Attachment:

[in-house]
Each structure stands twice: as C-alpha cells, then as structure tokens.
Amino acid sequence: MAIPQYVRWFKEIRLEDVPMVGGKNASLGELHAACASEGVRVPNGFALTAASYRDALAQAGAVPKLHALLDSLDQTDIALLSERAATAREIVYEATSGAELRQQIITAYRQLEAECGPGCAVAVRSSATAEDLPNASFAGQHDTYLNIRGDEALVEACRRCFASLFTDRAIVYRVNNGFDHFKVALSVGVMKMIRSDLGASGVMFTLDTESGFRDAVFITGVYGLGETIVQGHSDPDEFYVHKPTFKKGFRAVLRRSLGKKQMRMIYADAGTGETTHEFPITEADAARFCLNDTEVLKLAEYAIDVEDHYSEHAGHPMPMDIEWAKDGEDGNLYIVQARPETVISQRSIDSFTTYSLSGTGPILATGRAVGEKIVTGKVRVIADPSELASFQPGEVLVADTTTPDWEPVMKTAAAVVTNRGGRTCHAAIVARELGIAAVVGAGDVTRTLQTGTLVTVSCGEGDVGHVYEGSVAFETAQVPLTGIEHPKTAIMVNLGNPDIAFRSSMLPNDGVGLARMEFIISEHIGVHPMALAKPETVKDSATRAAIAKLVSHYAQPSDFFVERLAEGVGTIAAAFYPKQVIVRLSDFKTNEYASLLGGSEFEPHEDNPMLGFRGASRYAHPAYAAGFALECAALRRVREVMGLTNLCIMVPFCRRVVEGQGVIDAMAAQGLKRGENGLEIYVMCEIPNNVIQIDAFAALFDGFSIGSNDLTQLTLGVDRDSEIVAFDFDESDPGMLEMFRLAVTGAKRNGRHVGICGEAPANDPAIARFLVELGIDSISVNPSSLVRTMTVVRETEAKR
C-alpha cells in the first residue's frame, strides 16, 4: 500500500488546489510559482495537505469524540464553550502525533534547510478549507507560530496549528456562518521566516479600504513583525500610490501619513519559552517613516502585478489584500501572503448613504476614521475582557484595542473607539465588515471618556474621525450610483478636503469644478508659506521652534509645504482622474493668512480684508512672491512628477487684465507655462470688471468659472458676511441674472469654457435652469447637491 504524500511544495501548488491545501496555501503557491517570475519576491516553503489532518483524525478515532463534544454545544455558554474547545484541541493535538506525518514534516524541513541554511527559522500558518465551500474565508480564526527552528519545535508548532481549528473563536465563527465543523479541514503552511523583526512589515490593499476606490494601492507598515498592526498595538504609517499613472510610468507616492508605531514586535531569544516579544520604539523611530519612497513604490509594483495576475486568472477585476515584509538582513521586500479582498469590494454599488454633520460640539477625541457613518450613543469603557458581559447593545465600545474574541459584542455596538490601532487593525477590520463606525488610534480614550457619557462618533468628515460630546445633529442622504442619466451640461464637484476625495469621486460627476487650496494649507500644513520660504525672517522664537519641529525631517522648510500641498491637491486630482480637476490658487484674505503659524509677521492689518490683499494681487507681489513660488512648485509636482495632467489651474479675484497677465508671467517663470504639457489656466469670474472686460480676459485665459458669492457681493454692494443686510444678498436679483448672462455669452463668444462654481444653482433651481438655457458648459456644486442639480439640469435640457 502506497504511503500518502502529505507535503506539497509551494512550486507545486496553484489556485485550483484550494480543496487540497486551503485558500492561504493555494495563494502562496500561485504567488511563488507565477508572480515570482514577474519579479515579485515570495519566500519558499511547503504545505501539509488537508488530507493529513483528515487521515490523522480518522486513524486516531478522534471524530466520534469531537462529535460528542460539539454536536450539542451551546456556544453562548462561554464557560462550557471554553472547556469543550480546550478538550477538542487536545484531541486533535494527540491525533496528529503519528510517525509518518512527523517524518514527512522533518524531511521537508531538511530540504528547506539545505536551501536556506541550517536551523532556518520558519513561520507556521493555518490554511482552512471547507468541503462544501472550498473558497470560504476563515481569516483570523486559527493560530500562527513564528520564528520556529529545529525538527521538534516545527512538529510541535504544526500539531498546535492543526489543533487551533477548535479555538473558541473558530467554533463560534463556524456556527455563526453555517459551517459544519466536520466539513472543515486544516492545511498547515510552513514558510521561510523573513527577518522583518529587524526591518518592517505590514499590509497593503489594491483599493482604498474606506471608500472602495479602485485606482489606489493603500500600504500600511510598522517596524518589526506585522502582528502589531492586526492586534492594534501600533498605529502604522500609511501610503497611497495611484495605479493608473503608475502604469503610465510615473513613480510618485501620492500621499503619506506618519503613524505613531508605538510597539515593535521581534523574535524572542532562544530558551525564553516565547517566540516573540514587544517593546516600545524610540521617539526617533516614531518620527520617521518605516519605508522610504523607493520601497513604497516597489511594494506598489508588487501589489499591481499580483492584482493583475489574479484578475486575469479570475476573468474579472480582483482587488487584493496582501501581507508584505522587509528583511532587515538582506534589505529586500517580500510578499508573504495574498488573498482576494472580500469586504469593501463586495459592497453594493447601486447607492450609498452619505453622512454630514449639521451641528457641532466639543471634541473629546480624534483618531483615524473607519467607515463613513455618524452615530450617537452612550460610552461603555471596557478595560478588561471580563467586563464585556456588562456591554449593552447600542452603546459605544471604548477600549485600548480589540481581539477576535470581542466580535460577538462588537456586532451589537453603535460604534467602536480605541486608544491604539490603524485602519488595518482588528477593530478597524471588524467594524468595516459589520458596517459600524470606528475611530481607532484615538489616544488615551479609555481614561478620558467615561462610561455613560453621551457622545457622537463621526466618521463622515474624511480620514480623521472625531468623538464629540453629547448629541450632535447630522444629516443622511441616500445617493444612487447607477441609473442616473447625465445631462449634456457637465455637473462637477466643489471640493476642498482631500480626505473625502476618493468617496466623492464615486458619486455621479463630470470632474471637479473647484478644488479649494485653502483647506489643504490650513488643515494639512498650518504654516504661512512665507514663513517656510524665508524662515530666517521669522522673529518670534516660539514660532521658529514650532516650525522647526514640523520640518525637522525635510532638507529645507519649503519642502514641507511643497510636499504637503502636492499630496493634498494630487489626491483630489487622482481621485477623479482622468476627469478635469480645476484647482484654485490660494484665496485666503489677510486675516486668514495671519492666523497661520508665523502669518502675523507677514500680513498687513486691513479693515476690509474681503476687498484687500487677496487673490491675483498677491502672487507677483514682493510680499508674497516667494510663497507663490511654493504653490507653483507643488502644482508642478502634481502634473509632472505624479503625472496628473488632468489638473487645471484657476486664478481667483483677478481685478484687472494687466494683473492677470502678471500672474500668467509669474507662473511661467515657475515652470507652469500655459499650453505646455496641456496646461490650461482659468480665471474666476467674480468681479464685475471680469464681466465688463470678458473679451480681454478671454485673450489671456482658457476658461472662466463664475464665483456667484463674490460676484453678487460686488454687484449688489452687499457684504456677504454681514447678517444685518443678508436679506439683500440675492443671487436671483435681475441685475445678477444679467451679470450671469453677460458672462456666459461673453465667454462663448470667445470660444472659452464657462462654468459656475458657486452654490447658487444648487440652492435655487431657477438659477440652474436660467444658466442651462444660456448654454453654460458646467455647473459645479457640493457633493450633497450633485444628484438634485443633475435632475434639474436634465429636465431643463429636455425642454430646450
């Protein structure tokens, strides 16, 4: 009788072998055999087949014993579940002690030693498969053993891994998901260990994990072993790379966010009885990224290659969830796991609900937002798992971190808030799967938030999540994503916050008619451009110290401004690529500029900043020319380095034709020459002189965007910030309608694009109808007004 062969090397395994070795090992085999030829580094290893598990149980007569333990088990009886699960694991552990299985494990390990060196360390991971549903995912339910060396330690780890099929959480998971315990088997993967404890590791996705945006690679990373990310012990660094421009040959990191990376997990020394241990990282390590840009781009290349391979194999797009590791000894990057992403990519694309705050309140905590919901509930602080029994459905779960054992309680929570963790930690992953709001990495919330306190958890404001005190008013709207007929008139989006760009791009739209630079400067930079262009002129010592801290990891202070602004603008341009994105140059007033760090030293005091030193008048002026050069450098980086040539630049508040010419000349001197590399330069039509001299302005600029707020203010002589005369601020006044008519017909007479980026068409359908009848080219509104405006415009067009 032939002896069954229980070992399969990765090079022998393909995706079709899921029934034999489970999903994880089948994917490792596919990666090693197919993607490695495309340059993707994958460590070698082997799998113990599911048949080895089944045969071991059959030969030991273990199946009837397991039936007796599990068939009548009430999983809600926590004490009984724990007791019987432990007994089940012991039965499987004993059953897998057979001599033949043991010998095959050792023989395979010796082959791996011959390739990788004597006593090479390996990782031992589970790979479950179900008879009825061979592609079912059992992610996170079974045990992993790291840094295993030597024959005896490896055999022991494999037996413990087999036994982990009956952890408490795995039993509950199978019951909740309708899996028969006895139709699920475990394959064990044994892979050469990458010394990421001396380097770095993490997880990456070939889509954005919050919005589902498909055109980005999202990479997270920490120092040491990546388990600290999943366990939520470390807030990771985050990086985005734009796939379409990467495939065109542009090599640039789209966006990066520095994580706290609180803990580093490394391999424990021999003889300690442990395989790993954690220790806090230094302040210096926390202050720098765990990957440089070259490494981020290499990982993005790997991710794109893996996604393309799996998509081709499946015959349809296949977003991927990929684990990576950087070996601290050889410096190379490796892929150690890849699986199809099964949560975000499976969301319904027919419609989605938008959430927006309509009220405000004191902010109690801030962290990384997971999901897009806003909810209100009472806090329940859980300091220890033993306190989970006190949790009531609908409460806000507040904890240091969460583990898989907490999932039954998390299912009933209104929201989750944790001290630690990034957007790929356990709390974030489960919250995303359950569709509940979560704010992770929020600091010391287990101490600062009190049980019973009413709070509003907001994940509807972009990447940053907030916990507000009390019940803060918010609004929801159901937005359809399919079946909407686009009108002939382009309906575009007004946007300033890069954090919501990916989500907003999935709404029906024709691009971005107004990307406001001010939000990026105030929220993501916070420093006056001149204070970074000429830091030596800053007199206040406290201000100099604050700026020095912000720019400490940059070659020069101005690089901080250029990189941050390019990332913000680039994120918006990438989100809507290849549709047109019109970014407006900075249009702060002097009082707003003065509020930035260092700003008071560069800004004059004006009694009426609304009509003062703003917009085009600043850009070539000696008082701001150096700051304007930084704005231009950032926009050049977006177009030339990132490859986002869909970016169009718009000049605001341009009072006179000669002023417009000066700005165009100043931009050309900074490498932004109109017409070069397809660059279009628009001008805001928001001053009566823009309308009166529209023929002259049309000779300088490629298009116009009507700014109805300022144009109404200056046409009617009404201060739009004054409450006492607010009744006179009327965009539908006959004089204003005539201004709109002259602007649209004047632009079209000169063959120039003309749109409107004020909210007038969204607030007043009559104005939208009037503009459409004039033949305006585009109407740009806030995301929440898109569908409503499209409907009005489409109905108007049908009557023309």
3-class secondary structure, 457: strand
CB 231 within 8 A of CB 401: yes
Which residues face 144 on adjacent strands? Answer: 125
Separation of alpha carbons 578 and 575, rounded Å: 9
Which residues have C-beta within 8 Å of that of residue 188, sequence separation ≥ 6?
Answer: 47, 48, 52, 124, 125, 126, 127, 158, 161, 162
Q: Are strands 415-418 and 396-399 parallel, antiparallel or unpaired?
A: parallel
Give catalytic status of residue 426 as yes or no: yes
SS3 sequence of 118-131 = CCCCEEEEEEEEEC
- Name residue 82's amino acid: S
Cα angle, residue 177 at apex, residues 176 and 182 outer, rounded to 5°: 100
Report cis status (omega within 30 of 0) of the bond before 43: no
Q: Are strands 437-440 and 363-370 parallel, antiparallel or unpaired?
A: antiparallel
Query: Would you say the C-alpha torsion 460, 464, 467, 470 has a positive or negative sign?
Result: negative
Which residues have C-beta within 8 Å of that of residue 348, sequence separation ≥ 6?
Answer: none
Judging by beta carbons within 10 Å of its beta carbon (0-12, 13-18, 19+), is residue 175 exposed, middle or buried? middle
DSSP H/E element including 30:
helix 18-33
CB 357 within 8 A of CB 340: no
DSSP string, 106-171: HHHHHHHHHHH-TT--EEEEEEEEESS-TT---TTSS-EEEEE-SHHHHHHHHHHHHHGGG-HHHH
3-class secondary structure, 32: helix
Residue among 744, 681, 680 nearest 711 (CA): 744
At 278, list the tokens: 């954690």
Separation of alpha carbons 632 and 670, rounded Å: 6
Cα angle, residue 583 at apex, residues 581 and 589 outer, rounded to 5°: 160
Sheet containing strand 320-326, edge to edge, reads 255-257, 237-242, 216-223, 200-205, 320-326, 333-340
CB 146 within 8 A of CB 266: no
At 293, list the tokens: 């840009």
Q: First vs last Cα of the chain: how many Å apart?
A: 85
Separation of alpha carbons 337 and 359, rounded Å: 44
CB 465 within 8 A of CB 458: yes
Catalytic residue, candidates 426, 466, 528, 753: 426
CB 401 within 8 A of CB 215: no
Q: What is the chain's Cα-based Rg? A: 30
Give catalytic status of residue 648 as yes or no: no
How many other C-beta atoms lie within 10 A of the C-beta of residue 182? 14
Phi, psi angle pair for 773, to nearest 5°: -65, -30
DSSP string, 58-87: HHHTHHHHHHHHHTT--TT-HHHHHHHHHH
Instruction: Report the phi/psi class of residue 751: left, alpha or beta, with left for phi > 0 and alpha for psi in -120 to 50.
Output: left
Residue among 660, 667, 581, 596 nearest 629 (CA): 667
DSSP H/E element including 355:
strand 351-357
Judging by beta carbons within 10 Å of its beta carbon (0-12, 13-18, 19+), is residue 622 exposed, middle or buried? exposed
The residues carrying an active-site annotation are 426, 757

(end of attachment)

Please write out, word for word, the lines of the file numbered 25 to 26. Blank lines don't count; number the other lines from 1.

Judging by beta carbons within 10 Å of its beta carbon (0-12, 13-18, 19+), is residue 175 exposed, middle or buried? middle
DSSP H/E element including 30: